After two years of fumbling with cameras, instruments and microphones to lead worship interactively online, I was eager to return to in-person gatherings and conferences. But as a worship leader and speaker at a variety of Christian conferences this past year, I was surprised by low numbers of registration and attendance at each one.
Conference organizers’ initial excitement about reuniting at gatherings turned into concern and even panic at the decreased attendance at their events and the financial losses that came with it. And after reflecting on the possible reasons, I’m confident that conference gatherings cannot look the same as they did pre-pandemic.
Declining attendance at our conference gatherings is not the same issue as declining numbers in our congregational services. A conference event is more akin to a pilgrimage; it involves leaving one’s own environment and making travel plans, all for the purpose of spiritual growth and connection. It is a chance for like-minded or organizationally affiliated people across time and space to reunite and refresh relationships with others.
Nothing compares to the experience of communal worship at such gatherings, in person, experiencing the Triune God in music and prayer. It is well worth the trip … or is it?
Even with a stellar lineup of speakers and extensive advertisements, registration numbers are still small. People prefer watching at home or choosing other types of travel. With looming uncertainty about the world’s financial future and ever-so-present health risks with COVID and related viruses, people want to be more discerning and intentional in their travel.
Here are some ideas for organizing conference gatherings that can offer something more meaningful and transformative for attendees.
Don’t just focus on a big-name speaker. Many big-name speakers have already adapted their content during the pandemic, going live on social media platforms and interacting with their audiences in a more personal and direct way.
In-person speaking content, therefore, must change and adapt as well. Ask your speakers to present content that is fresh, not just the same as what they have online. Maybe have them tell stories or offer a more organic Q&A. Consider limiting the number of speakers in exchange for intimate storytelling platforms.
Another option is to invite someone new or unknown. A collection of big-name headliners may not be the most effective use of time or money for attendees and conference organizers, especially if the attendance numbers are low. Instead, invite storytellers who can present meaningful vignettes about how they experience the conference theme or a biblical text.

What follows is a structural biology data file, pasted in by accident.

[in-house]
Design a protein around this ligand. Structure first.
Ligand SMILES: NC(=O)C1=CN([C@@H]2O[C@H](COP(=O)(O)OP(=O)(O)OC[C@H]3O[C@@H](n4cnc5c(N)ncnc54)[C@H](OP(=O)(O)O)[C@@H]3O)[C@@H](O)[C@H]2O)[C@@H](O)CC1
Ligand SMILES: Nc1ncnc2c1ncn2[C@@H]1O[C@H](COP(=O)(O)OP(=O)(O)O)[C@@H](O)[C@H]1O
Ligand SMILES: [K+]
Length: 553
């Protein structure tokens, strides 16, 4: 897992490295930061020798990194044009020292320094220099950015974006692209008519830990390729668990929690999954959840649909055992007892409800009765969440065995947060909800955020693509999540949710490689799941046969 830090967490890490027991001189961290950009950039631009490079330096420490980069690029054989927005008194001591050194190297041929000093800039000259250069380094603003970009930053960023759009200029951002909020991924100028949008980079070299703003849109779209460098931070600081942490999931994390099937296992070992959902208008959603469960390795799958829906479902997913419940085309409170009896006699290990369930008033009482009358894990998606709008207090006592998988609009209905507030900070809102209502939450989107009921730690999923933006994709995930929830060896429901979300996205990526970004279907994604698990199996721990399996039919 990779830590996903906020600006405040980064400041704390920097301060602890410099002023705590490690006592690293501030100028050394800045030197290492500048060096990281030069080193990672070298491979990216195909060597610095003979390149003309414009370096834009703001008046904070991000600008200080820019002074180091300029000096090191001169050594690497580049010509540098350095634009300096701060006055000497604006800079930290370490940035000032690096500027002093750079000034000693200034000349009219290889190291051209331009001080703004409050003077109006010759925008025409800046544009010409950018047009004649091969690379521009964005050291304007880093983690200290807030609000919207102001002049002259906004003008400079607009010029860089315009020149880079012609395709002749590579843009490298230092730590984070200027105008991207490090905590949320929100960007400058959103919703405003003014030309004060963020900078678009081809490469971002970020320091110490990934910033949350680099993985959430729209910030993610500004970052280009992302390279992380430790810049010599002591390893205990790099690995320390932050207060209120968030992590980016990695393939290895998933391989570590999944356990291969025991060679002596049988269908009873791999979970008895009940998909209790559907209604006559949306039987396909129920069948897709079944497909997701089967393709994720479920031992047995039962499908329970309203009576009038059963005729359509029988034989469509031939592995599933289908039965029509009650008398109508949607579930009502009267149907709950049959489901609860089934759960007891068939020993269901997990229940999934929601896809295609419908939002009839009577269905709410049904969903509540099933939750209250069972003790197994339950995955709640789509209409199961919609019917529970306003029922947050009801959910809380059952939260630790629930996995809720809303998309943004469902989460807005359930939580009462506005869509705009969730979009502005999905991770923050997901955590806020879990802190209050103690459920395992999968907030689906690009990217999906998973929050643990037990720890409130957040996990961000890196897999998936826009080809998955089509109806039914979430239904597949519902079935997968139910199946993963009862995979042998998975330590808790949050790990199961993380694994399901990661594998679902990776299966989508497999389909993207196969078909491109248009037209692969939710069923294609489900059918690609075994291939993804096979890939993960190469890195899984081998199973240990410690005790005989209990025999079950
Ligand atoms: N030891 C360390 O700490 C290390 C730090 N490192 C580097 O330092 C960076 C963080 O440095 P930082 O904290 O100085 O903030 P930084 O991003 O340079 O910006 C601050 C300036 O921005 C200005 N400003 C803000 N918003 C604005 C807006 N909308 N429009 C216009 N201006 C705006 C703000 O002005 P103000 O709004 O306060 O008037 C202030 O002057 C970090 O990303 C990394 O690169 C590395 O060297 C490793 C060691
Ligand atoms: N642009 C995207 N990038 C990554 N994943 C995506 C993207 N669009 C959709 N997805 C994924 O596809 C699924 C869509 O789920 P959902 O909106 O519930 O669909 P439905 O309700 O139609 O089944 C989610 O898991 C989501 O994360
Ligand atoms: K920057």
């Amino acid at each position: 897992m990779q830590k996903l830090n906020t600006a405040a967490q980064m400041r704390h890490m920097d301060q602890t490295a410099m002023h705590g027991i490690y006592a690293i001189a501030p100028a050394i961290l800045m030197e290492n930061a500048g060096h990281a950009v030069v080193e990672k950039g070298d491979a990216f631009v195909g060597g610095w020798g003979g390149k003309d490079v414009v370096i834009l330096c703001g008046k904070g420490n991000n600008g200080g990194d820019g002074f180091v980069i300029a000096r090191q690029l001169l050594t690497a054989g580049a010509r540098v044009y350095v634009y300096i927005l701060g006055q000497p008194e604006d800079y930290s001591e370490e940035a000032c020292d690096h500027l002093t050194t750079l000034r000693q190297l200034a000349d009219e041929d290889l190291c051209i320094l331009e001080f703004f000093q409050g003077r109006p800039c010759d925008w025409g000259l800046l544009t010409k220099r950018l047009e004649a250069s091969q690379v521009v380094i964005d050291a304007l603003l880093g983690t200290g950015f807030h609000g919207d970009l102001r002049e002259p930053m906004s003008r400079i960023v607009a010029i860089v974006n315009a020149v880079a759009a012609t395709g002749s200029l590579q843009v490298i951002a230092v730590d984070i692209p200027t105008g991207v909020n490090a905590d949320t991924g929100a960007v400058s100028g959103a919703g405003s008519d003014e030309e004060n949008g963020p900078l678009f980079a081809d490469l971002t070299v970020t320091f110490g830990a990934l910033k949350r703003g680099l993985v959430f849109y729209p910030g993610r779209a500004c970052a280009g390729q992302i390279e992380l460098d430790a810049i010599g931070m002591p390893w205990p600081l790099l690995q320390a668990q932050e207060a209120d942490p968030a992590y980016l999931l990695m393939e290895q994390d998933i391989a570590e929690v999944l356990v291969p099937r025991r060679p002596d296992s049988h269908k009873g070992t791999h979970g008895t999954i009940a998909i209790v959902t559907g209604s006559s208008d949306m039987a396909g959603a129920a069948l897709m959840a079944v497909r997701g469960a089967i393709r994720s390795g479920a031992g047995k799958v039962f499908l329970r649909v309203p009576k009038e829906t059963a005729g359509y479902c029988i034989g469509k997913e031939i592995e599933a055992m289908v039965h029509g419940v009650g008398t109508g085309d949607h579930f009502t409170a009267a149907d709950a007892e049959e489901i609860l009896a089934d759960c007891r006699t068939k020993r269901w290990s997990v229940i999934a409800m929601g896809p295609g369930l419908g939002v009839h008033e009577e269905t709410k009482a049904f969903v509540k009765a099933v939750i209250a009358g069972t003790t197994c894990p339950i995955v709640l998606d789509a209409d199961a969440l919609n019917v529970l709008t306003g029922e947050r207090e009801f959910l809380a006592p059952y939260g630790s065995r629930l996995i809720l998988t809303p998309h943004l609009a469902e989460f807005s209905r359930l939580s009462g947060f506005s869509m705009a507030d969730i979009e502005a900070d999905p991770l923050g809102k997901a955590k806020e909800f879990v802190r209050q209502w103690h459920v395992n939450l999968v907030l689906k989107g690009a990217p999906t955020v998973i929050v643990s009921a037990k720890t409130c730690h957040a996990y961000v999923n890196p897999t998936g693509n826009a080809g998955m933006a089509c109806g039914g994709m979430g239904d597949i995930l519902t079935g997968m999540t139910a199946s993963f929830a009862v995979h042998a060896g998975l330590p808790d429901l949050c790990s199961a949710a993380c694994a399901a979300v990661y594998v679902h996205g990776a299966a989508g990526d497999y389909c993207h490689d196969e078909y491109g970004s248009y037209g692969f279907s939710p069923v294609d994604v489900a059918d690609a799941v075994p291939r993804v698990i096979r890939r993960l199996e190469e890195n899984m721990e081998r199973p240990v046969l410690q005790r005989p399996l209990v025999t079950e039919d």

This is different from a TED Talk, in that it should offer a less-polished authenticity — more relatable, less aspirational.
Opt for less production, more analog. During the pandemic, people opted for a low-production aesthetic. TikTok’s wild popularity is dependent on generating lots of low-production content, and many pastors and Christian leaders have used this platform to engage with audiences as well.
Returning to slick production, lights and media, therefore, may seem a bit too on the nose. Attendees like to feel that their presence is noticed and valued, that they’re more than just a crowd observing the “action” on a stage or podium. Think about offering spaces that feel more intimate and comfortable, less business professional.
The ubiquitous swag bag, full of pens, notepads and flyers that will most likely be thrown away may strike people as wasteful in an increasingly dire climate crisis. Ask your sponsors whether they might reconsider these types of items, offering instead, for example, a QR code to their websites, an upcoming book chapter or an exclusive discount on a future purchase.
You might include a personalized note or, better yet, a blank note that attendees can use to write anonymous messages to fellow attendees. Things like this can make your event memorable.
An “analog” environment does not necessarily mean low-level production. It does mean, however, that the event will not come across as too slick and that people will feel comfortable being themselves.
Lean on music and memories, and prepare for wherever they may lead. Music in worship is undeniably powerful. Oftentimes, worship leaders may choose new or trending songs, a practice that is effective when skilled worship pastors know how to teach and lead with ease.
But revisiting older and more traditional songs brings in another dynamic completely; older songs evoke spiritual memories and connections. This dynamic can be rich, reminding people of the power of communal memory. At times, the memory may be bad or even harmful, but a skilled worship pastor can bring a re-narration or reclamation of once-painful songs. Mixing new songs with timeless ones can bring a level of intimacy and invitation, making new memories and reclaiming old ones.
In-person gatherings used to be all about having an “experience” and hearing a famous author or preacher, but what people seek now is meaningful transformation. If they make the sacrifice to travel, it has to be worth it.
They want to meet people who might become lifelong compatriots. They want to interact with the author/speaker. The level of creativity and adaptability your organization demonstrates during these changing times can speak volumes to your care for the people of God in this moment.